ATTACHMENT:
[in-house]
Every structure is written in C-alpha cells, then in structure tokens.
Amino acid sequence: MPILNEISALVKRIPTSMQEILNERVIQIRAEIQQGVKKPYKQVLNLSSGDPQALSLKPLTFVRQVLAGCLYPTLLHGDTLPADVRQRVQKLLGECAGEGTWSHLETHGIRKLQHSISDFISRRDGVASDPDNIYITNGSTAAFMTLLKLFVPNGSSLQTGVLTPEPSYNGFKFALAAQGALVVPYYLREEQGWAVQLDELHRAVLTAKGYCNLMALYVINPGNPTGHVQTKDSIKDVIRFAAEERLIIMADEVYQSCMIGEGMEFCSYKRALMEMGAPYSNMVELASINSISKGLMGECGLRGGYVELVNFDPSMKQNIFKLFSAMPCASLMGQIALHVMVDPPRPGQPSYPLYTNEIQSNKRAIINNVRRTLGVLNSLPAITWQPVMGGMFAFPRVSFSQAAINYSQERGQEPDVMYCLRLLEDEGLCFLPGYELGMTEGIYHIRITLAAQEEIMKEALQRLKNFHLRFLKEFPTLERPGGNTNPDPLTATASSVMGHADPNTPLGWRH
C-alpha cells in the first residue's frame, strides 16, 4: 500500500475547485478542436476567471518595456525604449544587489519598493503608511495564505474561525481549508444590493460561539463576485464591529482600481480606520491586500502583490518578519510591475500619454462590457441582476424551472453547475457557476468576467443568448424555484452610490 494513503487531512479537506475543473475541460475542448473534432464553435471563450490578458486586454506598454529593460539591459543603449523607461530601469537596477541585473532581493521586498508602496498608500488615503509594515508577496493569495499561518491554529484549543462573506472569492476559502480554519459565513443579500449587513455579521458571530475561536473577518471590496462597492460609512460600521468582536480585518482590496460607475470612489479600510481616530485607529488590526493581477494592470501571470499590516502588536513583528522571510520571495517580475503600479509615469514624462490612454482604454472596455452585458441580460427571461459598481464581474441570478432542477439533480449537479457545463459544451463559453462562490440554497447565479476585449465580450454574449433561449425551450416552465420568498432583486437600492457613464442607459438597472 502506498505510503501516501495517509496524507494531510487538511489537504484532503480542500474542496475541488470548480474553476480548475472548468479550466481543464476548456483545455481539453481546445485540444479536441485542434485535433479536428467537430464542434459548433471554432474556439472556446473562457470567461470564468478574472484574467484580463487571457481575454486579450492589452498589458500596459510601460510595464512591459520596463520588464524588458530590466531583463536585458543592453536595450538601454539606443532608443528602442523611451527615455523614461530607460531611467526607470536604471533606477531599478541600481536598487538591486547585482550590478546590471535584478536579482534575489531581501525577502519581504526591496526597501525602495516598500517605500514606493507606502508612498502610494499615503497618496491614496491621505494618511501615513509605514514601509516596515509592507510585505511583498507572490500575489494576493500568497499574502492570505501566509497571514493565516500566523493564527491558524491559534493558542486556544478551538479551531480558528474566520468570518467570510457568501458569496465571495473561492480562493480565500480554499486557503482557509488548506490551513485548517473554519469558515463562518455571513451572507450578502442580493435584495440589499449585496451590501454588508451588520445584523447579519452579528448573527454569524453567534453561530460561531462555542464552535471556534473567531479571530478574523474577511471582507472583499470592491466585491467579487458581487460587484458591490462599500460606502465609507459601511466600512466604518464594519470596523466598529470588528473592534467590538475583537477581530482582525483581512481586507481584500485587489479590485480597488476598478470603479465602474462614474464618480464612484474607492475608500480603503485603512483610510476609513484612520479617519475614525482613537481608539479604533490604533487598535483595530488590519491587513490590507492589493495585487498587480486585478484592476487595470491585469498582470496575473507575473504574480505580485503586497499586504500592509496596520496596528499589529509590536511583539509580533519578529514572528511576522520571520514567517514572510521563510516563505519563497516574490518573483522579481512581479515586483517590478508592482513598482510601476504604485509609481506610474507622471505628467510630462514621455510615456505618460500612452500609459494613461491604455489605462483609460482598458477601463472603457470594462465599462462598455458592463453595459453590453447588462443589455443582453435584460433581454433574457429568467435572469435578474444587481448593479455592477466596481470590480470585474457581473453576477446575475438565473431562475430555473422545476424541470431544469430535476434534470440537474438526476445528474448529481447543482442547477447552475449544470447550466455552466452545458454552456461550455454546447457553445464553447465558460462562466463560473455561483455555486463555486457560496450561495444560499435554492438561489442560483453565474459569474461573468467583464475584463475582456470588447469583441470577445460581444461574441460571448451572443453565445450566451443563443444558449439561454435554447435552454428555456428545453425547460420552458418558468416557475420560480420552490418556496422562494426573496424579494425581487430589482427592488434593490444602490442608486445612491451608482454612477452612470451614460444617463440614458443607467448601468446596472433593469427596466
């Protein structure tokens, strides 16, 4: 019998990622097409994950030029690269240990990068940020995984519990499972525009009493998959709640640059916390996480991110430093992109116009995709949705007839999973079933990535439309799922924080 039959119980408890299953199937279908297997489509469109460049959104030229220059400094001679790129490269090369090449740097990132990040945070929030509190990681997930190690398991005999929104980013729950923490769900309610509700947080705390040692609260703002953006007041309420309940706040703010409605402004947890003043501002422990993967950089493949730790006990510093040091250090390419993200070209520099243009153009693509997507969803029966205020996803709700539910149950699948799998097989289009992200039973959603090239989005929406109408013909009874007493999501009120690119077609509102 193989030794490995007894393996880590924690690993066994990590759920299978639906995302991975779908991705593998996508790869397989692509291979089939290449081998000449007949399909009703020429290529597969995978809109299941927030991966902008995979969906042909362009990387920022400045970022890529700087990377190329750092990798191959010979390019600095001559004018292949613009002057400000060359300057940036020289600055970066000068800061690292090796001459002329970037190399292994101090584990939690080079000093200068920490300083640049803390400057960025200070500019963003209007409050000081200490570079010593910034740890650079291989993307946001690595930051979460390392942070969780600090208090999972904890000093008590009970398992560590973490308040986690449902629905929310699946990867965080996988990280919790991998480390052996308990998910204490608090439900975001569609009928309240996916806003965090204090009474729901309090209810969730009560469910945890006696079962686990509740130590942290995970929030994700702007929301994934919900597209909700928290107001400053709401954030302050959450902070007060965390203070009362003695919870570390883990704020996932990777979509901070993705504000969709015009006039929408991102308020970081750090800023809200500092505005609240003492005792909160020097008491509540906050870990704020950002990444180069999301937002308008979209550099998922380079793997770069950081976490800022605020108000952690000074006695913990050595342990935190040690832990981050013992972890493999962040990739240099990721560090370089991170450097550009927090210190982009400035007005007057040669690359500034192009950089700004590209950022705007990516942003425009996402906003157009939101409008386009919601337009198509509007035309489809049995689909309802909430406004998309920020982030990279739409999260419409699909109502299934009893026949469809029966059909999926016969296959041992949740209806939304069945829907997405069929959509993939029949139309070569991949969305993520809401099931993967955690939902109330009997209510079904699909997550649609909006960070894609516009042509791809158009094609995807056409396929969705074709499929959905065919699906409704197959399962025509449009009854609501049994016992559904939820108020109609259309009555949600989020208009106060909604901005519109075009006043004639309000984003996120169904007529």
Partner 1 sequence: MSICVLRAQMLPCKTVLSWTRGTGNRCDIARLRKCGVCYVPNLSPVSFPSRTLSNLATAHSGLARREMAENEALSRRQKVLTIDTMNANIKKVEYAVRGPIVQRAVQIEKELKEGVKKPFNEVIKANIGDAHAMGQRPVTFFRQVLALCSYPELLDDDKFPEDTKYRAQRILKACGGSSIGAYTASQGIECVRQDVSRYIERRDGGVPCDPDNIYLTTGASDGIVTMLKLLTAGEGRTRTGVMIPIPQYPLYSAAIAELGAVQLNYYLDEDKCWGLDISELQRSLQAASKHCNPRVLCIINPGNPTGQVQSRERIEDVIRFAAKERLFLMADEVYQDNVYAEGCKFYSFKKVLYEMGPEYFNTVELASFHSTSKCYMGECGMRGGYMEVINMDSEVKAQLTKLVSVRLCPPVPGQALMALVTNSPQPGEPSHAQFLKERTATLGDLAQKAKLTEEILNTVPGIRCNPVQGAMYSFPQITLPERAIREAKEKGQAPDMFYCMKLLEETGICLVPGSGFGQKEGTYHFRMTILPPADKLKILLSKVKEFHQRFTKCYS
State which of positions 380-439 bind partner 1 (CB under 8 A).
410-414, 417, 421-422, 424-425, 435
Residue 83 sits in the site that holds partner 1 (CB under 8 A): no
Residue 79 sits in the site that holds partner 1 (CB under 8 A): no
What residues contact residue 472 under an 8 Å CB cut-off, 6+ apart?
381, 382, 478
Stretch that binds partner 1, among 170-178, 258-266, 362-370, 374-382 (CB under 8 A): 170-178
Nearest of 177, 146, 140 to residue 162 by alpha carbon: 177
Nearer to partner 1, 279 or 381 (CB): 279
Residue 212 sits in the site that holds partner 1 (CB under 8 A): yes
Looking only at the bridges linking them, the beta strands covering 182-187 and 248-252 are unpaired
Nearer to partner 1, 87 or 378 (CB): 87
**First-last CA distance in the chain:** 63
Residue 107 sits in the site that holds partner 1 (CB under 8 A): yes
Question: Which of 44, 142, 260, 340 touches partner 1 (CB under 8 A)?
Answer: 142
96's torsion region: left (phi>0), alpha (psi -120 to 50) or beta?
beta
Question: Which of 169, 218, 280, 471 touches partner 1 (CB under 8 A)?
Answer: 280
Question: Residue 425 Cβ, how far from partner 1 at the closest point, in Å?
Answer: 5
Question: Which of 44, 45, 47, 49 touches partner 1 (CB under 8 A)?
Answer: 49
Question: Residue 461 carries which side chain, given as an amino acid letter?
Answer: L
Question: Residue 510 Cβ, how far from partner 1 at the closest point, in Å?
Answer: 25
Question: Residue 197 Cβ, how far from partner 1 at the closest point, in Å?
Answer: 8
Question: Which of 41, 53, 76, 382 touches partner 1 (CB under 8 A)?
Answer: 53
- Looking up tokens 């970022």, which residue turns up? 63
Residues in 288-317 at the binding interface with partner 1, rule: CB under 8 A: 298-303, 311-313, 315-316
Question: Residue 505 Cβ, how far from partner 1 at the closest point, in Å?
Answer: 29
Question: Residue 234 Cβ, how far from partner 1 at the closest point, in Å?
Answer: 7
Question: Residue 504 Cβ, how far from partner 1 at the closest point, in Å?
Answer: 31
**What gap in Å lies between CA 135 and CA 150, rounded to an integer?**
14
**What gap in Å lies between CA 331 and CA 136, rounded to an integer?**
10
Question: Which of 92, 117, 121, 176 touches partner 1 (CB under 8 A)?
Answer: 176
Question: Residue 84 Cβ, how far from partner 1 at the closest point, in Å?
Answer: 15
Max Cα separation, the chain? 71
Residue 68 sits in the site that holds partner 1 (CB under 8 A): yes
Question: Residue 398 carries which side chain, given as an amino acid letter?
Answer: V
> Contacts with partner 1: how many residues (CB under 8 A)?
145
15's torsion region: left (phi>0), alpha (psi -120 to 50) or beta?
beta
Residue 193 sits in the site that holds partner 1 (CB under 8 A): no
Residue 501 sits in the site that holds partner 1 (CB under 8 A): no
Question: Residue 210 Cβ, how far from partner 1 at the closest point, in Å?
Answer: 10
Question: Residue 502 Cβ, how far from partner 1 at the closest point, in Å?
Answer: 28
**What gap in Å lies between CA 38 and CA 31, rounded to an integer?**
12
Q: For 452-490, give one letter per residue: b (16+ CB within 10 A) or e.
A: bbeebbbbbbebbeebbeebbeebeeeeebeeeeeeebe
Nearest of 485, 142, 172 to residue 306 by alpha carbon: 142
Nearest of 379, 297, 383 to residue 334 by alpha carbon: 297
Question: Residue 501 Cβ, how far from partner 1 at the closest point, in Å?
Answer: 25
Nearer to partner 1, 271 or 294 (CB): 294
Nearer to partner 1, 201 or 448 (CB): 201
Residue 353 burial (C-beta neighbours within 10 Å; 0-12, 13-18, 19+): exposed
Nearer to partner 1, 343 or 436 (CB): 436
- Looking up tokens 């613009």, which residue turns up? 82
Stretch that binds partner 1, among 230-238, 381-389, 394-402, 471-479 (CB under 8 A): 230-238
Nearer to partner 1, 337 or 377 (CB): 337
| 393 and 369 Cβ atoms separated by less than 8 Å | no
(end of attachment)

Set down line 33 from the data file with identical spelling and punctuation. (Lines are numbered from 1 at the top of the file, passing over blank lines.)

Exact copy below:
Question: Residue 510 Cβ, how far from partner 1 at the closest point, in Å?